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Today I woke up at 630 am. I slept in. Looked at the thermostat. I was happy to see the wood/coal furnace was still keeping things warm, but I suspected it was low on wood.
I walked the 150 feet to the furnace outside my home and tossed five or six sticks on the fire.
sticks, noun, (stiks) — the term du jour for logs both split and yet to be split. Using this term is my daily exercise in pseudo-macho-self-deprecation. Did I just execute a four word triple hyphen?
The ground in front of furnace is caked with mud and ash.
Went back down to the house where Junior joined me. We walked down to the chickens and fed and watered them. The ground around the chicken tractor is muddy, icey and being that a coop cleaning is over due, well, you can figure it out.
I watered the chickens from water from our stream. The ground at the stream, as you would expect, is wet and muddy.
Back to the coop. No eggs yet, as the ladies like to like spend their mornings eating, gabbing and checking and pecking their BirdBook status updates. Back to the house through an icy (It’s December) and muddy (We recently laid about 170 feet of drainage pipes) yard.
Junior and I did all of this with our feet dry thanks to our muck boots. Muck boots are waterproof calf high rubber boots that slip on and off easily. Mine have been indispensable to life on the homestead. The easy on and off feature is a big plus, as it encourages me to take them off before I enter our house and go beyond the “mudroom”, the entry room where boots, coats and mud make their home. Leaving my boots and mud in the mudroom encourages my wife to withhold the “stinkeye of death”, the look reserved for those who track mud in the house.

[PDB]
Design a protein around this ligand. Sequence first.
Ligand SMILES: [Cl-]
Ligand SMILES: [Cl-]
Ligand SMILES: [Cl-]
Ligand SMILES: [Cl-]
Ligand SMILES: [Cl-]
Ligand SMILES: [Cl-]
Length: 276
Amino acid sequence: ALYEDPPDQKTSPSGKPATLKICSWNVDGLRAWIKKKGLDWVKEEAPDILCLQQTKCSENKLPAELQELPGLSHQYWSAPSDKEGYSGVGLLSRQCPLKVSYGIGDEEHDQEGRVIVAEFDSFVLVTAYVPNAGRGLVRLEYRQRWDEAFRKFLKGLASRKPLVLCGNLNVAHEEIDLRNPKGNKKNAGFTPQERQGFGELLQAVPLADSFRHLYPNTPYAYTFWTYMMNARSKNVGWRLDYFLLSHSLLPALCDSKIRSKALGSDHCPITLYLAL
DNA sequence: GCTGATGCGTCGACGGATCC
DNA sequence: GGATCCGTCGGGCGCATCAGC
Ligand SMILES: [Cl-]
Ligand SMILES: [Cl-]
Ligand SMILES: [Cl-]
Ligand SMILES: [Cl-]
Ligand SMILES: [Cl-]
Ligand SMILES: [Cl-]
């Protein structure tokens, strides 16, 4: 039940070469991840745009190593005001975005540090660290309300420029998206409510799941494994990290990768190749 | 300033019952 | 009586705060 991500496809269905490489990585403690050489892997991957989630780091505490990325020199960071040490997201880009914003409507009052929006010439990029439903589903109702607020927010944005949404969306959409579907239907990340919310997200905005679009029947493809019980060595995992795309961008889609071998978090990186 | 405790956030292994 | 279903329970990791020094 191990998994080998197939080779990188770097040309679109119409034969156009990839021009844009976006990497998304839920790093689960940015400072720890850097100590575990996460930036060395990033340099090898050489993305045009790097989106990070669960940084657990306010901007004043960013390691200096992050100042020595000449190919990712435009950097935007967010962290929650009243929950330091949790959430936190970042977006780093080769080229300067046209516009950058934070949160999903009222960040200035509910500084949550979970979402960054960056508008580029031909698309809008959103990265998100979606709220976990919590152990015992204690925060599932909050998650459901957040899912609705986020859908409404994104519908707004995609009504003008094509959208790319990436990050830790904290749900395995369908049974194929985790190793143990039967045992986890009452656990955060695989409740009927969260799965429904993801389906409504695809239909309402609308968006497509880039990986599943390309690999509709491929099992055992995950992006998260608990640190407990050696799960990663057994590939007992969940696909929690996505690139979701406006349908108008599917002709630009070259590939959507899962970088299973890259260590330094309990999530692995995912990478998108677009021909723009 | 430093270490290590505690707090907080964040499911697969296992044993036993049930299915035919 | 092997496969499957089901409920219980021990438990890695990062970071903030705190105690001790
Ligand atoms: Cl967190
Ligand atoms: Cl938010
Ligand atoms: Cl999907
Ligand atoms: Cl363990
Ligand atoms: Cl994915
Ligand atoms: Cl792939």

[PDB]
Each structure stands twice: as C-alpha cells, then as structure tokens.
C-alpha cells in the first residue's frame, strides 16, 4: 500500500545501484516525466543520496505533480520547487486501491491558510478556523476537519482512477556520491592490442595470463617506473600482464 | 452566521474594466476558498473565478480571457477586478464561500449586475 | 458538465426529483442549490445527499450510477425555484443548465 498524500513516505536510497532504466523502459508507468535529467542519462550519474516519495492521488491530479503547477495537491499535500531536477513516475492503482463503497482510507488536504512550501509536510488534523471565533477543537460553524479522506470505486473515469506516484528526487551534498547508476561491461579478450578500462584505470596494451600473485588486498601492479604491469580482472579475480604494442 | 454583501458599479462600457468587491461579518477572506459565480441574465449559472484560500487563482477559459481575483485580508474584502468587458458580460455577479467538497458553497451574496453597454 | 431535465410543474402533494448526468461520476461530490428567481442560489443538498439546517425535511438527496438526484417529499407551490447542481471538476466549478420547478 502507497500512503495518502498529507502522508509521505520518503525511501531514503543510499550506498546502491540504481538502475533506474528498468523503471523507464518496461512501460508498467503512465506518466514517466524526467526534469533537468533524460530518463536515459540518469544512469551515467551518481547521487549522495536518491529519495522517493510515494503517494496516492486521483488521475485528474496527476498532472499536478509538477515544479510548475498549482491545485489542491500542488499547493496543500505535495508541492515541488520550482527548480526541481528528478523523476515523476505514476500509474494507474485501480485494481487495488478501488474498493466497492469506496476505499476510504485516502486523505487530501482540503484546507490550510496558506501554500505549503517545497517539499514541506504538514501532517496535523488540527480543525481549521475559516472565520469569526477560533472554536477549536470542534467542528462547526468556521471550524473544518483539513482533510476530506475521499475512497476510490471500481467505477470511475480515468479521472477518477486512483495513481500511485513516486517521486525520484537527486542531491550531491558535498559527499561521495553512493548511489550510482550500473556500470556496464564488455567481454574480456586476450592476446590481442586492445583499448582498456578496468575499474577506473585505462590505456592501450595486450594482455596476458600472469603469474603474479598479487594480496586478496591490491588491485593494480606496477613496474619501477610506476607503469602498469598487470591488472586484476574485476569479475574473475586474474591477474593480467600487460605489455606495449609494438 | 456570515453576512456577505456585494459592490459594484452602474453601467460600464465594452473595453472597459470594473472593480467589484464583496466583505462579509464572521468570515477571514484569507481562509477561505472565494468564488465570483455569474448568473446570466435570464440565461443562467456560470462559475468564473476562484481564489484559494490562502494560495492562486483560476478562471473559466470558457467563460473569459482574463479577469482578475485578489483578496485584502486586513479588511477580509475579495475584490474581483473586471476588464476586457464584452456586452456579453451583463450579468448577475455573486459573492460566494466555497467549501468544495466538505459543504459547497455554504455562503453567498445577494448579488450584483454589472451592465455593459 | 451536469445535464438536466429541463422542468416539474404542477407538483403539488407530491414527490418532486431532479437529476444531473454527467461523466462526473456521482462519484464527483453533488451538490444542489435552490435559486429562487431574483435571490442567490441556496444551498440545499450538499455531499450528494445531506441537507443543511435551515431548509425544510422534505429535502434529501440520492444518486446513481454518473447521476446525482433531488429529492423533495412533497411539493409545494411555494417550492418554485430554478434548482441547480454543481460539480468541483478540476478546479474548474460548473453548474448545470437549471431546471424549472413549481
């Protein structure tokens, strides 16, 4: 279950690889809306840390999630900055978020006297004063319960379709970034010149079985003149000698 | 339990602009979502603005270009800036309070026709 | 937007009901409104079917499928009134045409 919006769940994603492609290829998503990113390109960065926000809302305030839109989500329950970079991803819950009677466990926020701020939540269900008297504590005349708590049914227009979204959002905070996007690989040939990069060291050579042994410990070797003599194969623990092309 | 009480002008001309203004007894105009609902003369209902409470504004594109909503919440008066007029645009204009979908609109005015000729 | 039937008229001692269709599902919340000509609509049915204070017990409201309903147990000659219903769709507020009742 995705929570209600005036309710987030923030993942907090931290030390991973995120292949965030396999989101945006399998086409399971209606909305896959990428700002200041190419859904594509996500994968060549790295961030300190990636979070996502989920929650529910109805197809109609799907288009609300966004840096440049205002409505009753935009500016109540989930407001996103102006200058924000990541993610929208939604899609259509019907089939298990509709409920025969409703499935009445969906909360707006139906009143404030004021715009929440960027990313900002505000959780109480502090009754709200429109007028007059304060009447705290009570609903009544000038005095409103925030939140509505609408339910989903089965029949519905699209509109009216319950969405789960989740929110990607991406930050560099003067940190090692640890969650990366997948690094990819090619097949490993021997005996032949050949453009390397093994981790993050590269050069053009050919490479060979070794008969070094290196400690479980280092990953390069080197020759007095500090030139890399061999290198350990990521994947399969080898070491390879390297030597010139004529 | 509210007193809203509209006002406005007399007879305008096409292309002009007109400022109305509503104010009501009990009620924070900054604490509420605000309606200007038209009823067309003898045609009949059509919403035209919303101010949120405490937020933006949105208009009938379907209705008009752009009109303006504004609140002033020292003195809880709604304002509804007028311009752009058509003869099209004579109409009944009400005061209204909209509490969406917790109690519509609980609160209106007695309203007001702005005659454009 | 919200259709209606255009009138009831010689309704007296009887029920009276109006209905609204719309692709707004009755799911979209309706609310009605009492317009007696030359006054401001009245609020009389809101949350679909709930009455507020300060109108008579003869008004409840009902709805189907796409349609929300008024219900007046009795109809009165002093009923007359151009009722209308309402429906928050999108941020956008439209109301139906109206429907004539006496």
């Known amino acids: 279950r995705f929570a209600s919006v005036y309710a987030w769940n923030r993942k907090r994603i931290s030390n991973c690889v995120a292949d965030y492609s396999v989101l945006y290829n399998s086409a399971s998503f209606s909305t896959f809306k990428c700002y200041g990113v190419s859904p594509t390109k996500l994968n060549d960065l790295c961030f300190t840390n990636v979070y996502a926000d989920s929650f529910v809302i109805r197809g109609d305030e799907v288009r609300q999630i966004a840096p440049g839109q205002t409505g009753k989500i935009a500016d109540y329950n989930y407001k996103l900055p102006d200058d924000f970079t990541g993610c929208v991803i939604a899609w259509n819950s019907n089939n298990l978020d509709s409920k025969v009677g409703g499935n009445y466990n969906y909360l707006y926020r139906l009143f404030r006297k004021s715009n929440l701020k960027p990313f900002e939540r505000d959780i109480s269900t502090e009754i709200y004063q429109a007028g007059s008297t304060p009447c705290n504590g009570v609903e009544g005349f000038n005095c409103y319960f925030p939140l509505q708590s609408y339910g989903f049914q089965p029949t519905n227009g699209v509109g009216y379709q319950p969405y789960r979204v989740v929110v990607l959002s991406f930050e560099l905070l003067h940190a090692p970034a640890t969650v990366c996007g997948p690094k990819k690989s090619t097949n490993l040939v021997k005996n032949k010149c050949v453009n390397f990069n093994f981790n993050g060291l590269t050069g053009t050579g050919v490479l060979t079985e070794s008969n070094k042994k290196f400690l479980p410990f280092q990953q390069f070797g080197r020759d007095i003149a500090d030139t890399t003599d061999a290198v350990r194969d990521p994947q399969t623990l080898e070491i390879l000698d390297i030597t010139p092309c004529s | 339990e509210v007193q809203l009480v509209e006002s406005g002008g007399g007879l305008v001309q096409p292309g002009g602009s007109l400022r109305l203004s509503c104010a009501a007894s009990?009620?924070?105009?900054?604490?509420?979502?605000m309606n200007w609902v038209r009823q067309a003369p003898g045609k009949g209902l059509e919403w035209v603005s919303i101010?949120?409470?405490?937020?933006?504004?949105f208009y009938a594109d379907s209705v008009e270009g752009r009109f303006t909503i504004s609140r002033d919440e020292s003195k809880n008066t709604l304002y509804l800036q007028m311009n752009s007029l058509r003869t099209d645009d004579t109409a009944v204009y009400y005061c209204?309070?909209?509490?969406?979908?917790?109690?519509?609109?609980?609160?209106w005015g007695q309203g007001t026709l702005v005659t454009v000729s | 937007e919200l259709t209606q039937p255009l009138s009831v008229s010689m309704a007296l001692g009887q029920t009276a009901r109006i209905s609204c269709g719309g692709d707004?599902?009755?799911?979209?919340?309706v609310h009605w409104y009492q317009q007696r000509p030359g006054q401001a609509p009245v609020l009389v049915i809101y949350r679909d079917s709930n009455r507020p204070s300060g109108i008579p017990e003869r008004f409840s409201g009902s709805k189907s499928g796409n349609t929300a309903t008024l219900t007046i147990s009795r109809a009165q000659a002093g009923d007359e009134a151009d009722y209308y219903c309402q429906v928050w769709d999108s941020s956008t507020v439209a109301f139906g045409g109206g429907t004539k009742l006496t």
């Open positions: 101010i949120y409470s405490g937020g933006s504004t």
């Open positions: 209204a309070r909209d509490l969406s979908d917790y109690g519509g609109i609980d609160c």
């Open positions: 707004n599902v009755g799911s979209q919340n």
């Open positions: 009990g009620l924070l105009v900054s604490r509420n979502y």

Muck boots are a canary in the coal mine of life
If you’re reading this thinking, “What do I care about muck boots?” the problems isn’t the boots, but it might be how you’re living. Seriously. Nobody has muck boots to spend more time in the great indoors. They’re for living a life that’s integrated with comforts and pleasures of the inside and outside. There’s not much my sons can currently do to help me in my day job, but there are plenty of wingmen opportunities around the homestead. These “wingmen opportunities” necessitate muck boots.
And these opportunities aren’t busy work (commonly known today as “shovel ready jobs). They are real work (putting logs in the furnace, feeding the chickens) with real benefits (warmth and eggs). While sports, arts and crafts have an important place in a boys life, I’m not raising boys to eventually be bigger boys. I’m raising them to be men. Giving them a taste of real work with real benefits that they can do puts them on that path at an early age.
Everyone in our family over the age of two has muck boots. Josiah, age five months doesn’t… slacker.
Not only for them…
I like it, too. There’s much to be said for a variety of life that puts a man around a computer, shovel, business suit, egg basket, sales meetings, log splitter, conference calls and muck boots.
You have to love a boot with the word “chore” in its name. That, my brother, is a boot that knows its role.